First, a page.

17th February, 1867.—Too ill with rheumatic-fever to have service; this is the first attack of it I ever had—and no medicine! but I trust in the Lord, who healeth His people.
18th February, 1867.—This cow we divided at once. The last one we cooked, and divided a full, hearty meal to all every evening.
The boom—booming of water dashing against or over the rocks is heard at a good distance from most of the burns in this upland region; hence it is never quite still.
The rocks here are argillaceous schist, red and white. (Keel, Scottice.)
19th February, 1867.—Chitapangwa begged me to stay another day, that one of the boys might mend his blanket; it has been worn every night since April, and I, being weak and giddy, consented. A glorious day of bright sunlight after a night’s rain. We scarcely ever have a twenty-four hours without rain, and never half that period without thunder.
The camwood (?) is here called molombwa, and grows very abundantly. The people take the bark, boil, and grind it fine: it is then a splendid blood-red, and they use it extensively as an ornament, sprinkling it on the bark-cloth, or smearing it on the head. It is in large balls, and is now called mkola. The tree has pinnated, alternate lanceolate, leaves, and attains a height of 40 or 50 feet, with a diameter of 15 or 18 inches finely and closely veined above, more widely beneath.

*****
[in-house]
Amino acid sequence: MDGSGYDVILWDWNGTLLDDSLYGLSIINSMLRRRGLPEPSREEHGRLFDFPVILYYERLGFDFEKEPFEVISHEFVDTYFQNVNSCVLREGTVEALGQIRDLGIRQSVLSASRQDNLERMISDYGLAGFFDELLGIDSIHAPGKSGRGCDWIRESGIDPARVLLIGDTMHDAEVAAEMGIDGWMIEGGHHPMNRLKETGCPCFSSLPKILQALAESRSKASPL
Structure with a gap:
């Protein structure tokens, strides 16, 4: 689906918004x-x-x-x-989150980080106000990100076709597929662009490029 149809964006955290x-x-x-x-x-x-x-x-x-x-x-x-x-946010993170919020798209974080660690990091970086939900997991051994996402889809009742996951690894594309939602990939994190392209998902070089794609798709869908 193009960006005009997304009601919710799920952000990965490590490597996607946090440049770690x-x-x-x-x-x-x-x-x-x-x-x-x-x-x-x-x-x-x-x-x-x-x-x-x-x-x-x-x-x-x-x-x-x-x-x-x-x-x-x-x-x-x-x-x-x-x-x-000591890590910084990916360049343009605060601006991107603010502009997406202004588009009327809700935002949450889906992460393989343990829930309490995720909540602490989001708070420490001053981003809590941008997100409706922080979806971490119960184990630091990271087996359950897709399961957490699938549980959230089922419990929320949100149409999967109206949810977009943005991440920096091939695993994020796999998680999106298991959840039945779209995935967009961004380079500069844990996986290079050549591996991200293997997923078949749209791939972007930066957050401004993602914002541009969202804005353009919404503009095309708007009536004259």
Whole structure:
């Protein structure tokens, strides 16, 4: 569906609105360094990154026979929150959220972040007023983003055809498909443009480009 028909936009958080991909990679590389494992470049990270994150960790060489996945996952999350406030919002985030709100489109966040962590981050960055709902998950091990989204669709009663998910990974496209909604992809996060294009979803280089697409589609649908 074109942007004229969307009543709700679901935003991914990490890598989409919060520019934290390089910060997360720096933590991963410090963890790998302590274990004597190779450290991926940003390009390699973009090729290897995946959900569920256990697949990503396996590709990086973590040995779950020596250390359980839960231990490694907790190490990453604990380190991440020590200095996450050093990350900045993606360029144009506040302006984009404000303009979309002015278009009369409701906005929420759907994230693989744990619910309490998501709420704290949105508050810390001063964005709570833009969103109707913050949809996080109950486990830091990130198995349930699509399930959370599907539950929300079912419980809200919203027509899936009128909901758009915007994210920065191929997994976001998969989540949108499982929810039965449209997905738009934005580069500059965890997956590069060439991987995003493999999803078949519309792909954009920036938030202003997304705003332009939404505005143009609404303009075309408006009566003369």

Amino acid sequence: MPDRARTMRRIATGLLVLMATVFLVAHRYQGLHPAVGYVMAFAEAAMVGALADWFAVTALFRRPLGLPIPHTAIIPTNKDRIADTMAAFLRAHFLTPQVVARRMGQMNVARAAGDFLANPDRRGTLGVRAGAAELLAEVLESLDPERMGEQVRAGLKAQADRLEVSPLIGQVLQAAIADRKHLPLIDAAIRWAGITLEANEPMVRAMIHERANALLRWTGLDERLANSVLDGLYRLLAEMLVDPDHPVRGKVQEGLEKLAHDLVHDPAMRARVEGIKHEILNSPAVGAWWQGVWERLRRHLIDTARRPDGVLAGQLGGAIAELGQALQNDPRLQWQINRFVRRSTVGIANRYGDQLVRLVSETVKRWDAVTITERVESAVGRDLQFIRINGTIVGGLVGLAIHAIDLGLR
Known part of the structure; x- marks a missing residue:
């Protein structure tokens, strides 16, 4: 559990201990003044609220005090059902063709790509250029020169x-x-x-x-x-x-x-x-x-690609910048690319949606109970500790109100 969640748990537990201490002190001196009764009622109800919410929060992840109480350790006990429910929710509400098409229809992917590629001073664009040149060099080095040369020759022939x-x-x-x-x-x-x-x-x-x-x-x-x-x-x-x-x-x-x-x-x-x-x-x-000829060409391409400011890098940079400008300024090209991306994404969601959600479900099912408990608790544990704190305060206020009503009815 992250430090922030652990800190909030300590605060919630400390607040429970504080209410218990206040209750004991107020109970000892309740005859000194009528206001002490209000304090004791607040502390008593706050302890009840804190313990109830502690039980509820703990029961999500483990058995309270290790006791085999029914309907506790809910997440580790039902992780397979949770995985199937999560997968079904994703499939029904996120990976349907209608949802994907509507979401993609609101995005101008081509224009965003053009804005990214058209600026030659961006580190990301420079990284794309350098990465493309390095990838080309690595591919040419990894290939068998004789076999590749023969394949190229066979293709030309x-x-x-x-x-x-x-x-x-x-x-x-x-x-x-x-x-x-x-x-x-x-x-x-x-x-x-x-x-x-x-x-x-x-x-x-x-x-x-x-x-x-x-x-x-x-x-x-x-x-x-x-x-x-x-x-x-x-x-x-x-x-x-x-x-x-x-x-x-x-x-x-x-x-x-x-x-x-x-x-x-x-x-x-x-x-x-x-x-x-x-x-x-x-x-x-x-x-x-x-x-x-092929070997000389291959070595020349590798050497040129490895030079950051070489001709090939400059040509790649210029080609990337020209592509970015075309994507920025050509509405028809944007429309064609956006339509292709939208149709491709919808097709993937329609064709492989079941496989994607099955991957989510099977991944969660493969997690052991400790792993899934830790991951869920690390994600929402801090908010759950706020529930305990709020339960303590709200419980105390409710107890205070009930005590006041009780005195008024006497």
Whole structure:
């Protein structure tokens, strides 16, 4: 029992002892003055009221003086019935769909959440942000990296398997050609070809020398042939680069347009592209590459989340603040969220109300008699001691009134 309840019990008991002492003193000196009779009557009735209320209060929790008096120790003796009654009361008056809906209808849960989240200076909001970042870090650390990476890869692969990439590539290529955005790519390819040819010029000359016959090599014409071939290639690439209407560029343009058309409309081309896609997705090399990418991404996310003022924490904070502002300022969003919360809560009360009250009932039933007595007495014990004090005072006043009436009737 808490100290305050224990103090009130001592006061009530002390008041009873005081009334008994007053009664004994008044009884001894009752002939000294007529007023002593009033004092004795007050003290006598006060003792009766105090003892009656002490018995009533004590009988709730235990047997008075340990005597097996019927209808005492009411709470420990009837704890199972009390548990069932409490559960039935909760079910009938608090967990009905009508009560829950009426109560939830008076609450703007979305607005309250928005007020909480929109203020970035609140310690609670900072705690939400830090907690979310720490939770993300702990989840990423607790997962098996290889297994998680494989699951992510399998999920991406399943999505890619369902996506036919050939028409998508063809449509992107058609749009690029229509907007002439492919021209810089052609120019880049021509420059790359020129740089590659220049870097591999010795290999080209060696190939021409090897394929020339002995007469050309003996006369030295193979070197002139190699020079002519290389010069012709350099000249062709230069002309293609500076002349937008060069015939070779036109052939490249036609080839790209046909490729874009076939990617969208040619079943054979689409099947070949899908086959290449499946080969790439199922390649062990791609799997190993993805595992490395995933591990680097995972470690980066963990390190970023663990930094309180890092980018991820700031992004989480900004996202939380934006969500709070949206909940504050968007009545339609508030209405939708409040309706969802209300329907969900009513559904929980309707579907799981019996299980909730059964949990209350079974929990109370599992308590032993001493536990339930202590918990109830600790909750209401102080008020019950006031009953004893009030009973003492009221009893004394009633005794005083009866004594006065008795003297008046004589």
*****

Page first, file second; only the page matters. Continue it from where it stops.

I am informed by Abraham that the Nyumbo (Numbo or Mumbo) is easily propagated by cuttings, or by cuttings of the roots. A bunch of the stalks is preserved in the soil for planting next year, and small pieces are cut off, and take root easily; it has a pea-shaped flower, but we never saw the seed. It is very much better here than I have seen it elsewhere; and James says that in his country it is quite white and better still; what I have seen is of a greenish tinge after it is boiled.
[Amongst the articles brought to the coast the men took care not to lose a number of seeds which they found in Dr. Livingstone’s boxes after his death. These have been placed in the hands of the authorities at Kew, and we may hope that in some instances they have maintained vitality.
It is a great pity that there is such a lack of enterprise in the various European settlements on the East Coast of Africa. Were it otherwise a large trade in valuable woods and other products would assuredly spring up. Ebony and lignum vitae abound; Dr. Livingstone used hardly any other fuel when he navigated the Pioneer, and no wood was found to make such “good steam.” India-rubber may be had for the collecting, and we see that even the natives know some of the dye-woods, besides which the palm-oil tree is found, indigo is a weed everywhere, and coffee is indigenous.]
 In coming to cross roads it is the custom of the leader to “mark” all side paths and wrong turnings by making a scratch across them with his spear, or by breaking a branch and laying it across: in this way those who follow are able to avoid straying off the proper road.—ED.